Monday, November 07, 2016

CERTAIN WOMAN Is Certainly A Slow Moving, Artsy Indie

Now playing at an indie art house near me:

(Dir. Kelly Reichardt, 2016)

Kelly Reichardt’s sixth full length feature begins with a long shot of a train barreling through a mountain-filled Montana landscape. It’s a shot that’s lingered on with no movement except for the train as it approaches the camera.

As many shots are lingered on throughout, this image symbolically sets the slow, thoughtful tone for this drama based on three short stories by Maile Meloy from her 2009 collection, “Both Ways Is the Only Way I Want It.”

The first story concerns Laura Dern as a lawyer in Livingston, Montana, who is dealing with a desperate client named Fuller (Jared Harris), who has suffered a workplace injury and was screwed over his worker’s compensation. Despite that Dern’s character, also named Laura, has repeatedly told him that his former employer was legally absolved of paying him anything on top of the settlement he previously accepted, Fuller demands a second opinion. So Laura takes him to see another lawyer and because it’s a man, he accepts it when he tells Fuller the same thing she’s been telling him for eight months.

Later on the phone to her lover Ryan (James LeGros), who we briefly met in the film’s first few minutes, she laments: “It would be so lovely to think if I were a man, people would listen and say ‘okay.’”

However, Fuller isn’t through and later that night Laura is awoken by a call from the police alerting her that Fuller has taken a security guard hostage at her former place of employment. Outfitted with a bullet proof vest, she goes in to try and talk him down. Don’t expect any real suspense or action here, the situation gets pretty mundanely diffused.

The second story involves Michelle Williams, in her third film for Reichardt, as Gina, part of a married couple with a daughter (Sarah Rodier) who are camping near a plot of land on which they intent to build a house. Williams is married to LeGros’s Ryan, Laura’s aforementioned lover, but that never comes up again.

Instead the premise of this vignette revolves around the couple negotiating with Albert, an elderly gentleman (René Auberjonois, best known for the ‘80s sitcom Benson, and several Robert Altman movies) for a pile of sandstone on his property.

Gina is frustrated that Albert only regards Ryan in their request for the sandstone, but he agrees to give it to them. When they come to load it on to their truck, Gina waves to Albert who’s watching from his window but he doesn’t wave back.

Onto the third and final story, which posits a downbeat Kristen Stewart as Beth, a lawyer who is teaching a class on educational law in Belfry, Montana, that a local ranch hand named Jamie (Lily Gladstone) sits in on. Jamie happened upon the class while walking through town one night and obviously develops a crush on Beth, who obliviously fans the flames by going out to dinner with her at a nearby diner after class several times.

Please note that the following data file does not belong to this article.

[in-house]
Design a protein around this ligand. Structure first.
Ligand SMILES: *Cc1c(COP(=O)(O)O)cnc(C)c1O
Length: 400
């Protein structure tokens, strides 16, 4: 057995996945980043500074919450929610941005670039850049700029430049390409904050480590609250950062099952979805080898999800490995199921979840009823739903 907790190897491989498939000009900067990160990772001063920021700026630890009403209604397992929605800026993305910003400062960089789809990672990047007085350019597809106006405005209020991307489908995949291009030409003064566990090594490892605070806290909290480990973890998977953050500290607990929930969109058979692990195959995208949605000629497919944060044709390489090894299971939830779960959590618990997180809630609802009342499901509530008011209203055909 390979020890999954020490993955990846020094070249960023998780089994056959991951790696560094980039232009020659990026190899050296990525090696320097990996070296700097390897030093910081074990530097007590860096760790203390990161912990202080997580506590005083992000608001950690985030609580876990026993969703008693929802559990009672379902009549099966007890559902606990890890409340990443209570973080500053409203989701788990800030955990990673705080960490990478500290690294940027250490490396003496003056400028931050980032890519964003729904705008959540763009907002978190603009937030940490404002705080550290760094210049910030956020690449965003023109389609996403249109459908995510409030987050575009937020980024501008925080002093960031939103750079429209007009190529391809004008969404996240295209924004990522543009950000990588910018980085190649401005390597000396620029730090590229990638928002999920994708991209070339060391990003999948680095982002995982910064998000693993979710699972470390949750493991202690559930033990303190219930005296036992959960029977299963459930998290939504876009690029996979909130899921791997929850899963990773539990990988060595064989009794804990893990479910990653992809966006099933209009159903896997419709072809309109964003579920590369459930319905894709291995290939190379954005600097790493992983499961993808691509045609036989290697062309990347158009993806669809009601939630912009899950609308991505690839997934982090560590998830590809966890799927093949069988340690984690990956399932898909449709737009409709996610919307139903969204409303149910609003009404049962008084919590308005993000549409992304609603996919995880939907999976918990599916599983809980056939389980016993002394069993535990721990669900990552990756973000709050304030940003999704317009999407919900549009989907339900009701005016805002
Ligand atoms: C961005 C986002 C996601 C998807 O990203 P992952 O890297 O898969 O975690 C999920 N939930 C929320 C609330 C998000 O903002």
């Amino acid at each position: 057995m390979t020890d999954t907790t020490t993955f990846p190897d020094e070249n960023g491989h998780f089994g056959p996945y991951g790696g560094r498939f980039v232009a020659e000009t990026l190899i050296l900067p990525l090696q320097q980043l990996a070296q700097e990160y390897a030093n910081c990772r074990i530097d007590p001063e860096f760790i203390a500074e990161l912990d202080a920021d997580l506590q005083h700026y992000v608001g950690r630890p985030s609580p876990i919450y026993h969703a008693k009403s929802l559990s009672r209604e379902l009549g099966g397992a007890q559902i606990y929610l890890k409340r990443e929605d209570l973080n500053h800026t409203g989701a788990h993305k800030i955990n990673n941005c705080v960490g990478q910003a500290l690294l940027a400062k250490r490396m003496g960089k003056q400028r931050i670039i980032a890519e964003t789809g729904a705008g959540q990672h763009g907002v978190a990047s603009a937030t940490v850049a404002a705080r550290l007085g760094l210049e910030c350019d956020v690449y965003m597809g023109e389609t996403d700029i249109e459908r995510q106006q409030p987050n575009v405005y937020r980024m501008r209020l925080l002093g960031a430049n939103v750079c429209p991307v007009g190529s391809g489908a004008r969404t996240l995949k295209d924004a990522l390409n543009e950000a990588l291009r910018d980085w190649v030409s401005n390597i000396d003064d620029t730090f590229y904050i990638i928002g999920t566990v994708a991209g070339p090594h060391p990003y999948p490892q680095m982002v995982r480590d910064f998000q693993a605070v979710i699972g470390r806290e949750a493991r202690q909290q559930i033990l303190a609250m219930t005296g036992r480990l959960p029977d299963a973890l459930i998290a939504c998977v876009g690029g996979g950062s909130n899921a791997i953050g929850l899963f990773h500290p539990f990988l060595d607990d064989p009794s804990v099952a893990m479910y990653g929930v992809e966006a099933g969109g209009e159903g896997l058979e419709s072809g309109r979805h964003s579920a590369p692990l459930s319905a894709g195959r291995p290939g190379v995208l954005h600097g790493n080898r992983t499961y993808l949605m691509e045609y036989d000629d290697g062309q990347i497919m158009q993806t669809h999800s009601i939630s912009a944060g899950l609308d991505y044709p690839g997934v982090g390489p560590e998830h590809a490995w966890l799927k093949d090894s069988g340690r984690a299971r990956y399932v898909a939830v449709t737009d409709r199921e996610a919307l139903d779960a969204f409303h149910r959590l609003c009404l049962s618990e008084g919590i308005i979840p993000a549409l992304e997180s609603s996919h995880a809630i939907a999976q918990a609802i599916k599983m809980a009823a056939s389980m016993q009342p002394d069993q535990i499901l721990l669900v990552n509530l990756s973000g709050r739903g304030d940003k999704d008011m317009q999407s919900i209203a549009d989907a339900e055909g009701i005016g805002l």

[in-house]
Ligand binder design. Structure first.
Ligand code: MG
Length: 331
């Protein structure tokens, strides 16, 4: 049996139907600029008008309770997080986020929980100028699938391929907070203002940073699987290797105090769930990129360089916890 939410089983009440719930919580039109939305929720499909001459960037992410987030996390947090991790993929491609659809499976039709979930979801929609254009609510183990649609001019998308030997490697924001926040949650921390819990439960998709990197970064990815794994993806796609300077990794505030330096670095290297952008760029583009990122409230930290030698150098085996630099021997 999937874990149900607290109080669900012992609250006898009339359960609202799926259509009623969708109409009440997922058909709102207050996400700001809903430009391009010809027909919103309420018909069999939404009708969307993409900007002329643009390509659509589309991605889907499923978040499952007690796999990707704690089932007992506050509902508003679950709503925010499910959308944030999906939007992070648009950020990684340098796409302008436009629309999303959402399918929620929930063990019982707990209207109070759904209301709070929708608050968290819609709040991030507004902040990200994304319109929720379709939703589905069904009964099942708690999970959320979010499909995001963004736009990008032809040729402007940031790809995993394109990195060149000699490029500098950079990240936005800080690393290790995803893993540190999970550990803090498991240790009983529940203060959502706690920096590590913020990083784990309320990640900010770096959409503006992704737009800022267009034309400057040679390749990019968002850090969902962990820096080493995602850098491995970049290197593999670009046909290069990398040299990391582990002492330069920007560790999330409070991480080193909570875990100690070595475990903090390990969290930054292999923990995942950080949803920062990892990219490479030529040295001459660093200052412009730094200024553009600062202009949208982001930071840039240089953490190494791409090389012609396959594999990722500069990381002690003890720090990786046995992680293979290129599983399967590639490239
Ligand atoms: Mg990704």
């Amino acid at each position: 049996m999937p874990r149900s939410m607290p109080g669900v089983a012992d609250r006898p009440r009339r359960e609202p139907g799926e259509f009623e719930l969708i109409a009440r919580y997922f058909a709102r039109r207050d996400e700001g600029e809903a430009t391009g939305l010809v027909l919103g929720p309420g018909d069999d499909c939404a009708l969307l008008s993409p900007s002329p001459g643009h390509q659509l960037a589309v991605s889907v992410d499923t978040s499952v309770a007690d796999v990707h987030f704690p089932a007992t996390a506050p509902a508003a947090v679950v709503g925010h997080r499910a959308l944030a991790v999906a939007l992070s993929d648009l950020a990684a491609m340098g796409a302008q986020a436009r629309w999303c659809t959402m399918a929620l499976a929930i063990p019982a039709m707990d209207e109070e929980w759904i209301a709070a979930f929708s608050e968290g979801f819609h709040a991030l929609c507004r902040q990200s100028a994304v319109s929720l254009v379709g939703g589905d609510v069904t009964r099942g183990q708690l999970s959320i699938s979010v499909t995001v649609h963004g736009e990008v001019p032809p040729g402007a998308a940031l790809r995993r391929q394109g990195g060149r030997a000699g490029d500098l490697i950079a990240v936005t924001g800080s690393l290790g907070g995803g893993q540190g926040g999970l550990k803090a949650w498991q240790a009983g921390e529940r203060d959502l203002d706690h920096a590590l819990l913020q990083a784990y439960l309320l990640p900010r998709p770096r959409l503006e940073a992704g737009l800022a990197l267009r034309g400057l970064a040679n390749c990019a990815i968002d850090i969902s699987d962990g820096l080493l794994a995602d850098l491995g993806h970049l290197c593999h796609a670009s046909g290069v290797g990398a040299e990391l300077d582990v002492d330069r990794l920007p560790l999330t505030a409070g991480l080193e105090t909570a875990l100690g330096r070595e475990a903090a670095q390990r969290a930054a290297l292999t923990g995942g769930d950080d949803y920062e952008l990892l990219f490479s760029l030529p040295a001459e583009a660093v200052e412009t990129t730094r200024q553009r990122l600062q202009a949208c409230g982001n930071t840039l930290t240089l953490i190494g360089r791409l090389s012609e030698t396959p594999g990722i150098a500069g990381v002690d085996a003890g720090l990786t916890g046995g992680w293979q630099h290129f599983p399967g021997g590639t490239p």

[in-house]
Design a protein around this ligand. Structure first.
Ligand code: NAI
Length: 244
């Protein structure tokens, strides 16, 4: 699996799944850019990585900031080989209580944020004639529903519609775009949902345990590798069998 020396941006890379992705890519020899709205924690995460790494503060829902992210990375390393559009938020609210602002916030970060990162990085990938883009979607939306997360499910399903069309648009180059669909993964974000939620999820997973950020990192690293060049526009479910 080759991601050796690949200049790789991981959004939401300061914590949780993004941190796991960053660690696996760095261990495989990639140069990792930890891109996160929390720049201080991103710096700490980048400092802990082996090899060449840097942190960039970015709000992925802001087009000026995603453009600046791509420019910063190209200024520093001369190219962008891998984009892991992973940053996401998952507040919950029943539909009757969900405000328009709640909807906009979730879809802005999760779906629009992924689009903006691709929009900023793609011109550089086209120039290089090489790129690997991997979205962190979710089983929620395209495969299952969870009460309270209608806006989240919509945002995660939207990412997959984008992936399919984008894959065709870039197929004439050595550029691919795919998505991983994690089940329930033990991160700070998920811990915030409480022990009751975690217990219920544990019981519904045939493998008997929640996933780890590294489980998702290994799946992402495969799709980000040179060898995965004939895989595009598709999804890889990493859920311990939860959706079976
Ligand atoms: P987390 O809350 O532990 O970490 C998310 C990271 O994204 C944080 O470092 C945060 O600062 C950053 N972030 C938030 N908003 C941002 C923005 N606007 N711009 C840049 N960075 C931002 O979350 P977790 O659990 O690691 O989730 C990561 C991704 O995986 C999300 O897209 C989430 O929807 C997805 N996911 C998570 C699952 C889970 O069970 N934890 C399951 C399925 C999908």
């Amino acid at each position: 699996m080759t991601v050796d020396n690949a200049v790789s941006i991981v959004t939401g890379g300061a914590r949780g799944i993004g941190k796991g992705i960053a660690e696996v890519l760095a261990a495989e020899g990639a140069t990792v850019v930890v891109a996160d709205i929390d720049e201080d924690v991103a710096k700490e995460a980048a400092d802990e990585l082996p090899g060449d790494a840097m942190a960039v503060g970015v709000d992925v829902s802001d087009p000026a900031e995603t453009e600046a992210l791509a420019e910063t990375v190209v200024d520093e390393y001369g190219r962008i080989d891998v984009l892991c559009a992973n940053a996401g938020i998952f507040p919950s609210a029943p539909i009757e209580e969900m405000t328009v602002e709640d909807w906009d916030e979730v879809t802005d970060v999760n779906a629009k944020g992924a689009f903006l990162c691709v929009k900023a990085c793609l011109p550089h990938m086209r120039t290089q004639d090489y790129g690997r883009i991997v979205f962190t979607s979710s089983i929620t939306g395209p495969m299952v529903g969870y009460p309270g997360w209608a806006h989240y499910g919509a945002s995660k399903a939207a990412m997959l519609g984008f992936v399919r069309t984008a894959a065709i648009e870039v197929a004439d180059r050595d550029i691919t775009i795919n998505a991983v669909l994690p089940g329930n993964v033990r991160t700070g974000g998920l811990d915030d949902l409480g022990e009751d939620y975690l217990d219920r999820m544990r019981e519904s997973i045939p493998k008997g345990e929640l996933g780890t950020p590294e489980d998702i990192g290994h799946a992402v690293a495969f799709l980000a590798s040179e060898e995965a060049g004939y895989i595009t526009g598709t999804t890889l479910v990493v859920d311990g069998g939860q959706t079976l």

Jamie even brings one of her horses from her stable one night so that they can ride to the diner on it together. When Jamie learns that Beth has quit the job because of the long commute, Jamie drives to find her in Livingston. Jamie sleeps in her car overnight, then, via help from the same firm that Laura works at, tracks Beth down to her law office and approaches her in the parking lot in the film’s most awkward, cringe-inducing moment.

Although there are connections between these stories, they don’t satisfyingly intersect. We get a follow-up with what happened to Fuller in an epilogue in which Laura visits him in prison, and shots that loosely conclude the other narratives, but folks may be left wondering how or why these tales are interwoven. They indeed share the perspectives of marginalized women in the vast open spaces of Montana, but their personal connection is too abstract for proper impact.

If one embraces the slow pacing, and studies the intricacies of the acting (all the ladies work is sharp here, but newcomer Gladstone is particularly strong), they can get immersed in the subtle nuances on display – in other words, acknowledge it as a true art film – but that may take more patience and concentration than most people are willing to give.

Reichardt’s films, which include OLD JOY, WENDY AND LUCY, MEEK’S CUTOFF, and NIGHT MOVES, are all cut from the same artsy, contemplative cloth. They are character studies that offer slices of bleak life that often play to meager audiences at indie art houses. Her brand of minimalism isn’t meant for the multiplexes.

CERTAIN WOMEN is certain to baffle or bore (or both) many folks, and I myself had some issues with its length and some moments that felt off, but it’s the kind of movie that I’m glad somebody is still making. Its 16 mm look, shot by Reichardt veteran, cinematographer Christopher Blauvelt, along with its parsed dialogue makes it feel more like real life than most movies.

That is both its curse and its charm.

More later...

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